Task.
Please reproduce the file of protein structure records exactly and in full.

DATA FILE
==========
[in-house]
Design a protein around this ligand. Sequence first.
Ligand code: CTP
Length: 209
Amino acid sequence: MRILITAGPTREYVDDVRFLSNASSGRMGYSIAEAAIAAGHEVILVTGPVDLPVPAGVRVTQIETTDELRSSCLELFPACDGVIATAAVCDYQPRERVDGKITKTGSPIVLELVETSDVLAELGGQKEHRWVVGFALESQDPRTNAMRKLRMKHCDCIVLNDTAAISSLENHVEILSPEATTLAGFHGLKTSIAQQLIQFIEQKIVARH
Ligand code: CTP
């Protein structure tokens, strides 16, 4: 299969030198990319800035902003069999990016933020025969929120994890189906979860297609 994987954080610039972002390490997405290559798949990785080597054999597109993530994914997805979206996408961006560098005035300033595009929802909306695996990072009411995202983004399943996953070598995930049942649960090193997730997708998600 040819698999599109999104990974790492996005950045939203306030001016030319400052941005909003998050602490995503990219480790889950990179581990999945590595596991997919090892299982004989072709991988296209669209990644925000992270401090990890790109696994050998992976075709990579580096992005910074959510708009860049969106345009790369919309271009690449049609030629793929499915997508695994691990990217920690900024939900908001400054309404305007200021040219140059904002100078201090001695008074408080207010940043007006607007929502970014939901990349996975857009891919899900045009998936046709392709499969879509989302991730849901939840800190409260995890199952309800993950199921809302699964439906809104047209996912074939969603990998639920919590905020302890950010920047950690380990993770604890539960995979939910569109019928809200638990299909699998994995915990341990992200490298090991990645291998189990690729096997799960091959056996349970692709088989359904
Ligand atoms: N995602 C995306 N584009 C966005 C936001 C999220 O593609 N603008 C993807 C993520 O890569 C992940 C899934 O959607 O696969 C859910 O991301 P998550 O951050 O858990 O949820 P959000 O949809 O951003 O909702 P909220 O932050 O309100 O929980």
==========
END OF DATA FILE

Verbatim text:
[in-house]
Design a protein around this ligand. Sequence first.
Ligand code: CTP
Length: 209
Amino acid sequence: MRILITAGPTREYVDDVRFLSNASSGRMGYSIAEAAIAAGHEVILVTGPVDLPVPAGVRVTQIETTDELRSSCLELFPACDGVIATAAVCDYQPRERVDGKITKTGSPIVLELVETSDVLAELGGQKEHRWVVGFALESQDPRTNAMRKLRMKHCDCIVLNDTAAISSLENHVEILSPEATTLAGFHGLKTSIAQQLIQFIEQKIVARH
Ligand code: CTP
């Protein structure tokens, strides 16, 4: 299969030198990319800035902003069999990016933020025969929120994890189906979860297609 994987954080610039972002390490997405290559798949990785080597054999597109993530994914997805979206996408961006560098005035300033595009929802909306695996990072009411995202983004399943996953070598995930049942649960090193997730997708998600 040819698999599109999104990974790492996005950045939203306030001016030319400052941005909003998050602490995503990219480790889950990179581990999945590595596991997919090892299982004989072709991988296209669209990644925000992270401090990890790109696994050998992976075709990579580096992005910074959510708009860049969106345009790369919309271009690449049609030629793929499915997508695994691990990217920690900024939900908001400054309404305007200021040219140059904002100078201090001695008074408080207010940043007006607007929502970014939901990349996975857009891919899900045009998936046709392709499969879509989302991730849901939840800190409260995890199952309800993950199921809302699964439906809104047209996912074939969603990998639920919590905020302890950010920047950690380990993770604890539960995979939910569109019928809200638990299909699998994995915990341990992200490298090991990645291998189990690729096997799960091959056996349970692709088989359904
Ligand atoms: N995602 C995306 N584009 C966005 C936001 C999220 O593609 N603008 C993807 C993520 O890569 C992940 C899934 O959607 O696969 C859910 O991301 P998550 O951050 O858990 O949820 P959000 O949809 O951003 O909702 P909220 O932050 O309100 O929980």